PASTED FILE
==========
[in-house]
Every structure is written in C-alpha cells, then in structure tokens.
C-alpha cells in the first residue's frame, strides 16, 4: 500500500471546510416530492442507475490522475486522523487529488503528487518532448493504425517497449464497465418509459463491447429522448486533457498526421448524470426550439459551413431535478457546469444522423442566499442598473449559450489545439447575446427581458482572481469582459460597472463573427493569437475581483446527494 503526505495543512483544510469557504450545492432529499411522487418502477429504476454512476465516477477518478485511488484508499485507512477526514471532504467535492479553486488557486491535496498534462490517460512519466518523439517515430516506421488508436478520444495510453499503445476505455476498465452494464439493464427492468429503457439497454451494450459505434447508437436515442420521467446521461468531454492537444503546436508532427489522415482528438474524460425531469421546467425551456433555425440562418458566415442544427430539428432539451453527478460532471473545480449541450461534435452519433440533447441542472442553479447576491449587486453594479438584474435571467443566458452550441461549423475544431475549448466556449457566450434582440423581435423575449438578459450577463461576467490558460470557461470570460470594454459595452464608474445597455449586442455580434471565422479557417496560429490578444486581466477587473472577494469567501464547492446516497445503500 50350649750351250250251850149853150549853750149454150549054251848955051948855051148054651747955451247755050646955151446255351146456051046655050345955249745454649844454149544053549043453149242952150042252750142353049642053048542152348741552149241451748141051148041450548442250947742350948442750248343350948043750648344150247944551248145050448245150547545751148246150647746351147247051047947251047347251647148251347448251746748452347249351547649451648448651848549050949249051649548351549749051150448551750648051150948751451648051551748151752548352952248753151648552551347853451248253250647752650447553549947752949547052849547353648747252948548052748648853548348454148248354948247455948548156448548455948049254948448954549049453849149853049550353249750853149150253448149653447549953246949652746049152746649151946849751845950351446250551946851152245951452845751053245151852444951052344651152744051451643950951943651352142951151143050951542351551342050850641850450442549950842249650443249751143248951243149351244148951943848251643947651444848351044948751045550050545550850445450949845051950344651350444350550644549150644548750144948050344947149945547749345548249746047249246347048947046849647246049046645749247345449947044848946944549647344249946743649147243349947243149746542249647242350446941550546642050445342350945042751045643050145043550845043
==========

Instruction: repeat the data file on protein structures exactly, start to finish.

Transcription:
[in-house]
Every structure is written in C-alpha cells, then in structure tokens.
C-alpha cells in the first residue's frame, strides 16, 4: 500500500471546510416530492442507475490522475486522523487529488503528487518532448493504425517497449464497465418509459463491447429522448486533457498526421448524470426550439459551413431535478457546469444522423442566499442598473449559450489545439447575446427581458482572481469582459460597472463573427493569437475581483446527494 503526505495543512483544510469557504450545492432529499411522487418502477429504476454512476465516477477518478485511488484508499485507512477526514471532504467535492479553486488557486491535496498534462490517460512519466518523439517515430516506421488508436478520444495510453499503445476505455476498465452494464439493464427492468429503457439497454451494450459505434447508437436515442420521467446521461468531454492537444503546436508532427489522415482528438474524460425531469421546467425551456433555425440562418458566415442544427430539428432539451453527478460532471473545480449541450461534435452519433440533447441542472442553479447576491449587486453594479438584474435571467443566458452550441461549423475544431475549448466556449457566450434582440423581435423575449438578459450577463461576467490558460470557461470570460470594454459595452464608474445597455449586442455580434471565422479557417496560429490578444486581466477587473472577494469567501464547492446516497445503500 50350649750351250250251850149853150549853750149454150549054251848955051948855051148054651747955451247755050646955151446255351146456051046655050345955249745454649844454149544053549043453149242952150042252750142353049642053048542152348741552149241451748141051148041450548442250947742350948442750248343350948043750648344150247944551248145050448245150547545751148246150647746351147247051047947251047347251647148251347448251746748452347249351547649451648448651848549050949249051649548351549749051150448551750648051150948751451648051551748151752548352952248753151648552551347853451248253250647752650447553549947752949547052849547353648747252948548052748648853548348454148248354948247455948548156448548455948049254948448954549049453849149853049550353249750853149150253448149653447549953246949652746049152746649151946849751845950351446250551946851152245951452845751053245151852444951052344651152744051451643950951943651352142951151143050951542351551342050850641850450442549950842249650443249751143248951243149351244148951943848251643947651444848351044948751045550050545550850445450949845051950344651350444350550644549150644548750144948050344947149945547749345548249746047249246347048947046849647246049046645749247345449947044848946944549647344249946743649147243349947243149746542249647242350446941550546642050445342350945042751045643050145043550845043